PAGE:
In a secondary battery according to the present invention, in the case of a battery case of AAAA size wherein the ratio (t2/t1) of the thickness (t2) of the bottom to the thickness (t1) of the side wall is 1.5 or more, when a battery case in which the thickness of the bottom is approximately 0.2 mm and the thickness of the side walls is 0.11 mm (t2/t1=1.82), a capacity increase of approximately 5% is achieved compared to the case where a battery case of the same material is used in which the thickness of the bottom is approximately 0.2 mm and of which the thickness of the side walls is 0.2 mmm (t2/t1=1).

Though the material of the battery case in a secondary battery of the present invention is not particularly limited, it is preferable to use iron with an applied nickel plating for an alkaline storage battery from the viewpoint of electrolyte-proof properties and it is preferable to use aluminum, or aluminum alloy, in addition to iron for a lithium secondary battery from the viewpoint of weight reduction.

Though the above described battery case can be manufactured by a well known method, including several times of ironing processes, it is preferable to manufacture by drawing and ironing processing at the same time in order to attain a thinner side wall and a ratio (t2/t1) of the thickness (t2) of the bottom to the thickness (t1) of the side wall of 1.5 or more. In case that the battery case is manufactured by ironing process using many processing steps to move closer to the desired battery case structure, generally the thickness of the bottom and of the side walls become approximately equal. However, since ironing with drawing process is a method for forming a cylindrical container 14 with a bottom from a metal plate through extrusion by one revolution of the spindle 13 as shown in FIG. 10, a battery case having a desired thickness of the side walls easily can be formed to gain the above described battery case by adjusting the gap between the spindle and the mold 15.

In the battery case of a secondary battery according to the present invention, it is preferable that thicker parts are provided along the border between the side walls 16 and the bottom 17 within the battery case in order to secure the mechanical strength. The above described thicker parts are the parts indicated by R in FIG. 11 and by processing the external periphery of the edge part of the spindle used at the time of battery case formation so as to be rounded, the thicker parts of the corresponding battery case can be provided easily. Effects can be recognized even when a spindle to which a slight rounding processing is applied is used and rounding of 1 mm of diameter is appropriate for a battery case of AA size without lowering the battery capacity.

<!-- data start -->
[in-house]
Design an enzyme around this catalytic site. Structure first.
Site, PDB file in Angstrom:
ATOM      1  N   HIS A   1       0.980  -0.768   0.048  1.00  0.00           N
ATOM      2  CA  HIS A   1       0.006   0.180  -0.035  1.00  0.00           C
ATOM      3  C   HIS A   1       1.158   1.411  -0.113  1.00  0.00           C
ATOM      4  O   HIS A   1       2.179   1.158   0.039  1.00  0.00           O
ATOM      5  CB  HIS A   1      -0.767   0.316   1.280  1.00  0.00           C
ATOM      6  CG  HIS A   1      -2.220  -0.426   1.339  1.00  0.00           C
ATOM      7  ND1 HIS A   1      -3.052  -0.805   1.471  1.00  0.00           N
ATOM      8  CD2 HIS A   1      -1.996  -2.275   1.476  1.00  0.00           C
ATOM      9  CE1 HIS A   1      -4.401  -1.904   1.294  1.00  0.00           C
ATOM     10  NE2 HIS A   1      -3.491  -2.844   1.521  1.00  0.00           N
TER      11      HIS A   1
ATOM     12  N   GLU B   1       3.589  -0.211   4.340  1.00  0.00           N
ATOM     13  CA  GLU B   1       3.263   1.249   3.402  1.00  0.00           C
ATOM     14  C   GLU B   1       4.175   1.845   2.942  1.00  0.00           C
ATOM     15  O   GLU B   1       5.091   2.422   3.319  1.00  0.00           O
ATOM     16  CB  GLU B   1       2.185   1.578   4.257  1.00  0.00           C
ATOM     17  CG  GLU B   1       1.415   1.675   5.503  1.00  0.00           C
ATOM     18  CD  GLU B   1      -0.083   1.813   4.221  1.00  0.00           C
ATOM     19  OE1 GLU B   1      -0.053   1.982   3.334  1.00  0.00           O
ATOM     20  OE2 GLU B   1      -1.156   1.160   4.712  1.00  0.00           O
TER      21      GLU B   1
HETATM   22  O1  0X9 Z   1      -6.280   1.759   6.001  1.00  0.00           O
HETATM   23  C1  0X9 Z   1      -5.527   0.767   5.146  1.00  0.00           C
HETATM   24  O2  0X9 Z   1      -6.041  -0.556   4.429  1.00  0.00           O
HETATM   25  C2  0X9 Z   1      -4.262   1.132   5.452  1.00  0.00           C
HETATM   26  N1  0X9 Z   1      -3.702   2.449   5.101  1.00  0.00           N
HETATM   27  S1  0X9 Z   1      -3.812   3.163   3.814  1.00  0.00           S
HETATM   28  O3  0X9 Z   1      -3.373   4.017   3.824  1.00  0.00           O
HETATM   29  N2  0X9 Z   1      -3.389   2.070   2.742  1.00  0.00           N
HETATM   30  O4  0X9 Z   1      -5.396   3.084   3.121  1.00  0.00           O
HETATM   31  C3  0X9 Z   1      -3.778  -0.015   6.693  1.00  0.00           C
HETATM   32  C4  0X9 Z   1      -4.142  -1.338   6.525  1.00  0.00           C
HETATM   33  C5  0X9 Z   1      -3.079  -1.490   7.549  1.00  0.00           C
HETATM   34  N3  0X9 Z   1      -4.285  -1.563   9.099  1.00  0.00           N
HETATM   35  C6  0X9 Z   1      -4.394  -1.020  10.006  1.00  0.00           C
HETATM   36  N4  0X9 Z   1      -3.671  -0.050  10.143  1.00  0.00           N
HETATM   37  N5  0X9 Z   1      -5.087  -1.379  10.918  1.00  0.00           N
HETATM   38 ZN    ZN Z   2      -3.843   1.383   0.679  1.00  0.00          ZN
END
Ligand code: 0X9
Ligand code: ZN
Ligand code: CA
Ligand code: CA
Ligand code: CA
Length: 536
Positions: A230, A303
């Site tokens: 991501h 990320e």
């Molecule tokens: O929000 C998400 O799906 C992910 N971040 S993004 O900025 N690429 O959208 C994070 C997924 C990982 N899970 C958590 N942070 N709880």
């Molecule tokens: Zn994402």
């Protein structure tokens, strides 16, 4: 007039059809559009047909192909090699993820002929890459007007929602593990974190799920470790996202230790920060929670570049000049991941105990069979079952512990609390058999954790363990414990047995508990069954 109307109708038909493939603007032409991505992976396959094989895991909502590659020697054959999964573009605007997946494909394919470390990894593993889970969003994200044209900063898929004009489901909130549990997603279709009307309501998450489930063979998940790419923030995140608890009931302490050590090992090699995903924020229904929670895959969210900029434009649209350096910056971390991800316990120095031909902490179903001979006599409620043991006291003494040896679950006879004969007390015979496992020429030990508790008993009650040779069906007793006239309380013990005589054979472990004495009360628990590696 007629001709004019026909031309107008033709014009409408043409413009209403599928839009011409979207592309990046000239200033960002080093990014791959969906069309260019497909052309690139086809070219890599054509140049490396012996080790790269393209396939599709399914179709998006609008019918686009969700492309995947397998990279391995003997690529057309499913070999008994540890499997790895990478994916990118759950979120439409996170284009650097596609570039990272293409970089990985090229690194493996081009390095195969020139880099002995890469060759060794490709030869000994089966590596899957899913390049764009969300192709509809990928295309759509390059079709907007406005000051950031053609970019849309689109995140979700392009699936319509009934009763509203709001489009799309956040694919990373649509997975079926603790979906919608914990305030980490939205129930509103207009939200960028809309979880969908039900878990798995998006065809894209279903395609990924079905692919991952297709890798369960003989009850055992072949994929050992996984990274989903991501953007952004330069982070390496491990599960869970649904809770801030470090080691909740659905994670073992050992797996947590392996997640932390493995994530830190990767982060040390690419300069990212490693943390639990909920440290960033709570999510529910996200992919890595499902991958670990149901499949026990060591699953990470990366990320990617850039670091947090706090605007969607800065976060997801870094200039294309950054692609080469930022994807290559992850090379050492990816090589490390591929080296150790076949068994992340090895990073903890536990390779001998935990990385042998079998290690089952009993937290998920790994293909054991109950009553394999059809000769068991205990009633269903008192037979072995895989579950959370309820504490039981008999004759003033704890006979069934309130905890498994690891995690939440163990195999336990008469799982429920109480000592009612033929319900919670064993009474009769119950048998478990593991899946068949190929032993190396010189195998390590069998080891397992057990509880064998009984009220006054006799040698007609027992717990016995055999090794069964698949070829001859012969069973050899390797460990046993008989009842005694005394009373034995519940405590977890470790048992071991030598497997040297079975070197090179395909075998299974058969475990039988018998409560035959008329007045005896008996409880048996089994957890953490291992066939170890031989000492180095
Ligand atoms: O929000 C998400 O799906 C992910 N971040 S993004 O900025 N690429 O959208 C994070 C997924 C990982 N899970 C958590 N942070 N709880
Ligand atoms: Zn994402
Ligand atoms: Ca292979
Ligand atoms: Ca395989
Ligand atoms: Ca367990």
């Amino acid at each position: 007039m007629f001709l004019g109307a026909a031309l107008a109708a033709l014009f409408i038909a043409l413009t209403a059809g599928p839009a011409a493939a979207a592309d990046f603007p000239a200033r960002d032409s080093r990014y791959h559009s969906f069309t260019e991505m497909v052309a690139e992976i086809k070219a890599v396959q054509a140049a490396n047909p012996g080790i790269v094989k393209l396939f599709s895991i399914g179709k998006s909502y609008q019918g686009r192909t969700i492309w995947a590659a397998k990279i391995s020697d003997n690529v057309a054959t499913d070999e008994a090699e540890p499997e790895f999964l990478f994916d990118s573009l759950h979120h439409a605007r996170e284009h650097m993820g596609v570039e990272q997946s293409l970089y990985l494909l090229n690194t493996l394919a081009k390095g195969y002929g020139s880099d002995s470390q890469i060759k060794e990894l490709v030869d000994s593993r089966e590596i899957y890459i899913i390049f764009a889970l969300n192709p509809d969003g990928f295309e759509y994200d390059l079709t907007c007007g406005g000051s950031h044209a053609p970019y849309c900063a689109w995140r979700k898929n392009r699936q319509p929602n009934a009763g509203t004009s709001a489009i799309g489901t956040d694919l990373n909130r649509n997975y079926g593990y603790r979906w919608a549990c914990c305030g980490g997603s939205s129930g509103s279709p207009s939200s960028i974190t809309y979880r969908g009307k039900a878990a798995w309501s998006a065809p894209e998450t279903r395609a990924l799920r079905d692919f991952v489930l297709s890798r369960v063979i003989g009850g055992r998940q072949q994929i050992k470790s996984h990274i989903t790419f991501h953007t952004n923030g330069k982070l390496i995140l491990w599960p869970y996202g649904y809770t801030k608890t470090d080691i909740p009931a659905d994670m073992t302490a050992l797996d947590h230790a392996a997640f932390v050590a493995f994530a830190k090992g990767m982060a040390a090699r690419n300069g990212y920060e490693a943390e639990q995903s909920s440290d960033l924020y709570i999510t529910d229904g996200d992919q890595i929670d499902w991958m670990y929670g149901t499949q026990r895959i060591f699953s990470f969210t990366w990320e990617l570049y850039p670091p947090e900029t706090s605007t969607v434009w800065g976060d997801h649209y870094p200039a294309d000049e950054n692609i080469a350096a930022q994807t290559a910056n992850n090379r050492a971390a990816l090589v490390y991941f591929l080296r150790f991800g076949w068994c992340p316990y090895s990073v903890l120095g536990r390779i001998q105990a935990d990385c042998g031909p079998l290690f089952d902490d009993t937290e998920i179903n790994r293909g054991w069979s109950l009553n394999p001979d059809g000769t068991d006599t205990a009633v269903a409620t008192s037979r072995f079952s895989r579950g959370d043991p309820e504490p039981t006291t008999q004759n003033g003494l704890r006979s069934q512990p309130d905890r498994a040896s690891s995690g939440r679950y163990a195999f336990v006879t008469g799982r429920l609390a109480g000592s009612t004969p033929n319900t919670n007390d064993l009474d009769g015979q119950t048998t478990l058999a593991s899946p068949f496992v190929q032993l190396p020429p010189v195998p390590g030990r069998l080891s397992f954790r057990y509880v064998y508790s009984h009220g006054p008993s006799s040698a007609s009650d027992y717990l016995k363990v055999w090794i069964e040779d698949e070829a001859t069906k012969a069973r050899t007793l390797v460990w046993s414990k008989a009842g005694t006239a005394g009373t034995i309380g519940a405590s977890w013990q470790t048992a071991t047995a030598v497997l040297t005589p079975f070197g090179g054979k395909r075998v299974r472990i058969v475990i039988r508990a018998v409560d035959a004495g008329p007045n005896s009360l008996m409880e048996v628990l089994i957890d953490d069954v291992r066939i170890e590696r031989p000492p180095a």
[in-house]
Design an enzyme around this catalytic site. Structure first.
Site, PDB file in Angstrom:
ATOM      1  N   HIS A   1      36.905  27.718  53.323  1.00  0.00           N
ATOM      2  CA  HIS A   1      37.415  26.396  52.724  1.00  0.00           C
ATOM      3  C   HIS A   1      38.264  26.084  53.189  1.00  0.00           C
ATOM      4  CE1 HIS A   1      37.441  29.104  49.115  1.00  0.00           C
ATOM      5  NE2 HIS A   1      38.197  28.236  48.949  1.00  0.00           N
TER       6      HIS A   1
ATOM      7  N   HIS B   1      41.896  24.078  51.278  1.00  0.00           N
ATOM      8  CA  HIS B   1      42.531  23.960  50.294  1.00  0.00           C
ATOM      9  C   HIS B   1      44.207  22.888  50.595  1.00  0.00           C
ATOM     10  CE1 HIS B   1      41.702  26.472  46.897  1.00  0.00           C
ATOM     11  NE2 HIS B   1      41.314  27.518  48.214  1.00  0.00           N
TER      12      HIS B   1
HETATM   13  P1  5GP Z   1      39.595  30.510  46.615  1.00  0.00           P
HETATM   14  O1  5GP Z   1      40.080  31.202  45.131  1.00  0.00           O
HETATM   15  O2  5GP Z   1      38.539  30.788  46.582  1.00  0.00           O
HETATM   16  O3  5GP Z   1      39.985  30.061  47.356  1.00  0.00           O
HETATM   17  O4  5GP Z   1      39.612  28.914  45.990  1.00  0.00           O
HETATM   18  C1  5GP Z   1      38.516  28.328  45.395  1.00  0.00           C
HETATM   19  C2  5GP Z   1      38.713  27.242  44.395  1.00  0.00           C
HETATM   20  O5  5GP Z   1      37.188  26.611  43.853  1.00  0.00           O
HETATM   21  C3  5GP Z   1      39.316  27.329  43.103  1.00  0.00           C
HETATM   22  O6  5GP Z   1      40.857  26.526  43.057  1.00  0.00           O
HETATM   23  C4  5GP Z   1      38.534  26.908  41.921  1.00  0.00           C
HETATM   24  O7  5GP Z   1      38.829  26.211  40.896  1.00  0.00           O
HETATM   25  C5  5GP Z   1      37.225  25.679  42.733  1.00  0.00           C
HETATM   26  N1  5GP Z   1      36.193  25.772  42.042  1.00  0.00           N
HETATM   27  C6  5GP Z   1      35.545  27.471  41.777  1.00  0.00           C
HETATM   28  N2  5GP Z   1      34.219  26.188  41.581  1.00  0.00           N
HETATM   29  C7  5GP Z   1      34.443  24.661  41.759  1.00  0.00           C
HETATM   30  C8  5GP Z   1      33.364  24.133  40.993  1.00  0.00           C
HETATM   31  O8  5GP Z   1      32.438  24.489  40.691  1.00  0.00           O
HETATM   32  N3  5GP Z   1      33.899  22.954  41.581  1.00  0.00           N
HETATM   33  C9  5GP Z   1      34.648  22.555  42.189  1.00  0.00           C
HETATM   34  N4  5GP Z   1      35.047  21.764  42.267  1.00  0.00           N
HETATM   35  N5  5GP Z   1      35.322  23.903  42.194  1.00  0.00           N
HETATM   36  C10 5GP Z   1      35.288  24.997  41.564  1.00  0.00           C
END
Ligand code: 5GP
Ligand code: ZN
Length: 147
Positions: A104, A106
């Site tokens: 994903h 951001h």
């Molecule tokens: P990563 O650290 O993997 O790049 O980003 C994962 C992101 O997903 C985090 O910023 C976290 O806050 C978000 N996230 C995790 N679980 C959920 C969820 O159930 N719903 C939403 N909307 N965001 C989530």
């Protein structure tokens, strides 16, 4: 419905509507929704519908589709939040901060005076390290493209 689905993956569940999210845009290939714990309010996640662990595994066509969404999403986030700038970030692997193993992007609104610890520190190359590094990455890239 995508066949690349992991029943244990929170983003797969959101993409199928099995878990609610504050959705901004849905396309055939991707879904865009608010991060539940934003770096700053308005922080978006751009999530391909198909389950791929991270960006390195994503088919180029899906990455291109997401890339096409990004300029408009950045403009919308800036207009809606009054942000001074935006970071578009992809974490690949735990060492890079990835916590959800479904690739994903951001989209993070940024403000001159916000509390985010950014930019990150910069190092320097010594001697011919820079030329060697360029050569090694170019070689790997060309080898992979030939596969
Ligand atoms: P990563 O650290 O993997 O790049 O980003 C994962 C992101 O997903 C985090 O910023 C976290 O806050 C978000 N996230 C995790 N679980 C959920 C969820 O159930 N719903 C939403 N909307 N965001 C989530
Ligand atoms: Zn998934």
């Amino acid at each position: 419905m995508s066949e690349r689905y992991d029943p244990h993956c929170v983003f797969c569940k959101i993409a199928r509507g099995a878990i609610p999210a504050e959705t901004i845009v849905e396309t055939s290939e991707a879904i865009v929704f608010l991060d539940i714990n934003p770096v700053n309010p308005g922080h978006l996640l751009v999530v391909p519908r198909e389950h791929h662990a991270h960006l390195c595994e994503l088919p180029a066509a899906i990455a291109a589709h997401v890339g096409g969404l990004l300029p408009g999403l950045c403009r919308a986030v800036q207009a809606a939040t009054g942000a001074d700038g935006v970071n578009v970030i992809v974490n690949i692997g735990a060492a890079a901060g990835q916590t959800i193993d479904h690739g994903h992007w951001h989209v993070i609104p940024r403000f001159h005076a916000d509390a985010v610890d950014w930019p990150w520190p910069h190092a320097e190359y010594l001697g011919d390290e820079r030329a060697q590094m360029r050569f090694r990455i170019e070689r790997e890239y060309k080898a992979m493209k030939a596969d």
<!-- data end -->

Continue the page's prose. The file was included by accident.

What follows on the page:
Though a secondary battery according to the present invention can be made lighter in battery weight by employing the above described electrodes, a further lighter secondary battery can be provided by using a battery case in which the side walls are further thinner and in which the ratio (t2/t1) of the thickness (t2) of the bottom to the thickness (t1) of the side wall is 1.5 or more.

Embodiments

Next, a concrete embodiment of the present invention is described.

Production Example

As shown in FIG. 10, a nickel plated steel plate (plating thickness of 1 μm) having a thickness of 0.3 mm, which is punched out into a circle, is submitted to one cycle of ironing with drawing by spindle 13 in the manner known in the art so as to form a cylindrical container 14 with a bottom. More concretely, as for the dimensions the outer diameter is 14 mm, the thickness of the side walls is 0.16 mm and the thickness of the bottom is 0.25 mm. Here, it is preferable to provide thicker parts R at the border part of the inside of the case between the side walls and the bottom, in order to prevent the physical strength of the border from being weakened.

Embodiment 1